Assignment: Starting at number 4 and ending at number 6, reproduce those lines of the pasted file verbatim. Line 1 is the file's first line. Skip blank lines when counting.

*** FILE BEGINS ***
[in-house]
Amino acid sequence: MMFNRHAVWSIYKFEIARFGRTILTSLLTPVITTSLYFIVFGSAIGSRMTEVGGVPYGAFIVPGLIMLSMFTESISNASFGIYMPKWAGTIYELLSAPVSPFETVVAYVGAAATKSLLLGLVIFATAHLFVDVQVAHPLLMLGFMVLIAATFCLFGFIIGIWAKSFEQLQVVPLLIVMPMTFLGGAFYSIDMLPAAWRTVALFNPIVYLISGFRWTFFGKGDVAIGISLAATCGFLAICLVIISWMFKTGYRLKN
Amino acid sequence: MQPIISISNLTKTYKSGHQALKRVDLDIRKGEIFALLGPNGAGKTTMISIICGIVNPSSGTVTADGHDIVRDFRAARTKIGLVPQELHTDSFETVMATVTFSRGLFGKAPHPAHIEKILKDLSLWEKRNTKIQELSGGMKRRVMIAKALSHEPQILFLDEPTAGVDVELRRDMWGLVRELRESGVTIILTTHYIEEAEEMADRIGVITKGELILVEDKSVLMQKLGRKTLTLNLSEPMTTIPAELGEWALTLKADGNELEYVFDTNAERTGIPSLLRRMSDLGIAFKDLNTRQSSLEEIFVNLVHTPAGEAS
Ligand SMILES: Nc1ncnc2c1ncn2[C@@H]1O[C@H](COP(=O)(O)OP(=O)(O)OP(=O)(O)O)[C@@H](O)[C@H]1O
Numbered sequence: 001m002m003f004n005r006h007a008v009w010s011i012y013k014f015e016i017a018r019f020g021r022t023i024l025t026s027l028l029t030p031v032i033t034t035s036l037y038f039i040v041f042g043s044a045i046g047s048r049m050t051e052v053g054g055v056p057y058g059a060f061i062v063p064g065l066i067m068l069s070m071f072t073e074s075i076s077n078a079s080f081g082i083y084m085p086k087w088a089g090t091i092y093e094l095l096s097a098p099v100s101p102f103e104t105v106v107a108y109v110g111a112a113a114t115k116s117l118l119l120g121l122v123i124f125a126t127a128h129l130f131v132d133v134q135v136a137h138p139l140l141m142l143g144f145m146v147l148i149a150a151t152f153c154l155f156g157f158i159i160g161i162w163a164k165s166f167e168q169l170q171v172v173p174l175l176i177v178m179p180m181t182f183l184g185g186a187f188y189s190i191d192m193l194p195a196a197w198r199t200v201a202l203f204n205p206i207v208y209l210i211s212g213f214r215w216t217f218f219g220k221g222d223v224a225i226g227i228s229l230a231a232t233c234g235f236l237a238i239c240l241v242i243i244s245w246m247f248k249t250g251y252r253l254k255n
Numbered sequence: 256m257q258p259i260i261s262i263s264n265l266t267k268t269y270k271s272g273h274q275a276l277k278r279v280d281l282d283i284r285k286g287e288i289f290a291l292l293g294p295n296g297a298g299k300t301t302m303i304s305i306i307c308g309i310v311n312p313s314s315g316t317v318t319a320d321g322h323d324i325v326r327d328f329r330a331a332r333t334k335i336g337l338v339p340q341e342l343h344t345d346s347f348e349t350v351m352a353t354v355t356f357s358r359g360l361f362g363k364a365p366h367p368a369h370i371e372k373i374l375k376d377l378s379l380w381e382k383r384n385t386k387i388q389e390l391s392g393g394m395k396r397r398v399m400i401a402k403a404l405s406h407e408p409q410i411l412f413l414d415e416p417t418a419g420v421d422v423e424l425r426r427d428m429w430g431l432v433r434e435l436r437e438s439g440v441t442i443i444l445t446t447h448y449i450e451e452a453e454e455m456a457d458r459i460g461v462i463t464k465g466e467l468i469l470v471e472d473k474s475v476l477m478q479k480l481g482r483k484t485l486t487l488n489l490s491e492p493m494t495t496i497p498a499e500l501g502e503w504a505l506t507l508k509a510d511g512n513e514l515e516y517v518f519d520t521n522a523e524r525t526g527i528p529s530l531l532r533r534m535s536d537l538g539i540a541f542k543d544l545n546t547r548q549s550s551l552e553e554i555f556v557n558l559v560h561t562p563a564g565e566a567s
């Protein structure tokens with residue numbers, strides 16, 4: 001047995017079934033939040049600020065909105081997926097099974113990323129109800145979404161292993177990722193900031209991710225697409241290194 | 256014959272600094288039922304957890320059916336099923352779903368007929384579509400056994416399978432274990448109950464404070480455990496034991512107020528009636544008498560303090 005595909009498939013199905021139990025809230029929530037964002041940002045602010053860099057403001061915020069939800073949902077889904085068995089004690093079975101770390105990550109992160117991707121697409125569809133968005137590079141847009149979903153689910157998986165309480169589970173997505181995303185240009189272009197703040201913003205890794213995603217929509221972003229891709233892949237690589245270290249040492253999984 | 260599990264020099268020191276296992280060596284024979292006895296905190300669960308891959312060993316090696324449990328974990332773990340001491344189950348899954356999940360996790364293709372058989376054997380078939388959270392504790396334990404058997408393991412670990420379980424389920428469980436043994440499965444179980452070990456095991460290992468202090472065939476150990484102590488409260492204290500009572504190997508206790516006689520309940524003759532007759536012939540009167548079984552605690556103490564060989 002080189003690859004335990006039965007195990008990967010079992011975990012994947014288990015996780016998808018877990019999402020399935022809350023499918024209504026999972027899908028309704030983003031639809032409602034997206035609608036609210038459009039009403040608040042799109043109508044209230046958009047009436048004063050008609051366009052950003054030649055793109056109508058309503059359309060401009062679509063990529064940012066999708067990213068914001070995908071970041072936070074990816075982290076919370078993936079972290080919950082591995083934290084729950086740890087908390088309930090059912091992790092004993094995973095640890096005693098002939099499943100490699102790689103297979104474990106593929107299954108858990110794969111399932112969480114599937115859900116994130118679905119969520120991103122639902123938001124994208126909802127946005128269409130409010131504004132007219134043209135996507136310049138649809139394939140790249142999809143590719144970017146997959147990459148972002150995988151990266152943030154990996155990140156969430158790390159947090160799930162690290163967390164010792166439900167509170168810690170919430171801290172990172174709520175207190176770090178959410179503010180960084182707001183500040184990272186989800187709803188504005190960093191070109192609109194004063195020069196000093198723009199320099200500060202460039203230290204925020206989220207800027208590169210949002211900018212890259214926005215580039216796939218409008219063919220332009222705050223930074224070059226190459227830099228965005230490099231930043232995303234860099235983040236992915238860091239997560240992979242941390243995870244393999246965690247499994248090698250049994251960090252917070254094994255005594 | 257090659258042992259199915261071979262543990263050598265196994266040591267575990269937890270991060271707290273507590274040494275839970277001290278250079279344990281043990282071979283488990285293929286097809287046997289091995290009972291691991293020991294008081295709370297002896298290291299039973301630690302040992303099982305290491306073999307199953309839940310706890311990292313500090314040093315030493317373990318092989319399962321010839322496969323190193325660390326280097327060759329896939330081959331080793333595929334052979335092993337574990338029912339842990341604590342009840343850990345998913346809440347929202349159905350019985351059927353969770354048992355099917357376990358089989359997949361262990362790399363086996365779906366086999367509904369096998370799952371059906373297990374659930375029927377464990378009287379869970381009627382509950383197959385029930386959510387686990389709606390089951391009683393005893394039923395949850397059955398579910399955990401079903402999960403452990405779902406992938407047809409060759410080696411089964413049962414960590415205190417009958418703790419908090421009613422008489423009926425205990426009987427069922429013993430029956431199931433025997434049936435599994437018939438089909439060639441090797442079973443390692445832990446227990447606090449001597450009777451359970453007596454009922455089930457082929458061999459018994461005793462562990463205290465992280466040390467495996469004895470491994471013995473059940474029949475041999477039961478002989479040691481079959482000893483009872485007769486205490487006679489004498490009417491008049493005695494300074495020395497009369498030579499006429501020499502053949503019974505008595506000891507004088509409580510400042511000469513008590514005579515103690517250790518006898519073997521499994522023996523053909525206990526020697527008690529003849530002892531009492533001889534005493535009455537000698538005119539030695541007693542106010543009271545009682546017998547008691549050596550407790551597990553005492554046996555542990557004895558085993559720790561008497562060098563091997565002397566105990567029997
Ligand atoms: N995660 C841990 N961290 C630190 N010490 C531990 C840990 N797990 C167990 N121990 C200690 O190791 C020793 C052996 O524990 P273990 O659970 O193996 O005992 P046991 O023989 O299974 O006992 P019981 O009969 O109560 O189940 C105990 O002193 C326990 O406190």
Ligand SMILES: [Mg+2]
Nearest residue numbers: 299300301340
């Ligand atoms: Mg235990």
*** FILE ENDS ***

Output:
Ligand SMILES: Nc1ncnc2c1ncn2[C@@H]1O[C@H](COP(=O)(O)OP(=O)(O)OP(=O)(O)O)[C@@H](O)[C@H]1O
Numbered sequence: 001m002m003f004n005r006h007a008v009w010s011i012y013k014f015e016i017a018r019f020g021r022t023i024l025t026s027l028l029t030p031v032i033t034t035s036l037y038f039i040v041f042g043s044a045i046g047s048r049m050t051e052v053g054g055v056p057y058g059a060f061i062v063p064g065l066i067m068l069s070m071f072t073e074s075i076s077n078a079s080f081g082i083y084m085p086k087w088a089g090t091i092y093e094l095l096s097a098p099v100s101p102f103e104t105v106v107a108y109v110g111a112a113a114t115k116s117l118l119l120g121l122v123i124f125a126t127a128h129l130f131v132d133v134q135v136a137h138p139l140l141m142l143g144f145m146v147l148i149a150a151t152f153c154l155f156g157f158i159i160g161i162w163a164k165s166f167e168q169l170q171v172v173p174l175l176i177v178m179p180m181t182f183l184g185g186a187f188y189s190i191d192m193l194p195a196a197w198r199t200v201a202l203f204n205p206i207v208y209l210i211s212g213f214r215w216t217f218f219g220k221g222d223v224a225i226g227i228s229l230a231a232t233c234g235f236l237a238i239c240l241v242i243i244s245w246m247f248k249t250g251y252r253l254k255n
Numbered sequence: 256m257q258p259i260i261s262i263s264n265l266t267k268t269y270k271s272g273h274q275a276l277k278r279v280d281l282d283i284r285k286g287e288i289f290a291l292l293g294p295n296g297a298g299k300t301t302m303i304s305i306i307c308g309i310v311n312p313s314s315g316t317v318t319a320d321g322h323d324i325v326r327d328f329r330a331a332r333t334k335i336g337l338v339p340q341e342l343h344t345d346s347f348e349t350v351m352a353t354v355t356f357s358r359g360l361f362g363k364a365p366h367p368a369h370i371e372k373i374l375k376d377l378s379l380w381e382k383r384n385t386k387i388q389e390l391s392g393g394m395k396r397r398v399m400i401a402k403a404l405s406h407e408p409q410i411l412f413l414d415e416p417t418a419g420v421d422v423e424l425r426r427d428m429w430g431l432v433r434e435l436r437e438s439g440v441t442i443i444l445t446t447h448y449i450e451e452a453e454e455m456a457d458r459i460g461v462i463t464k465g466e467l468i469l470v471e472d473k474s475v476l477m478q479k480l481g482r483k484t485l486t487l488n489l490s491e492p493m494t495t496i497p498a499e500l501g502e503w504a505l506t507l508k509a510d511g512n513e514l515e516y517v518f519d520t521n522a523e524r525t526g527i528p529s530l531l532r533r534m535s536d537l538g539i540a541f542k543d544l545n546t547r548q549s550s551l552e553e554i555f556v557n558l559v560h561t562p563a564g565e566a567s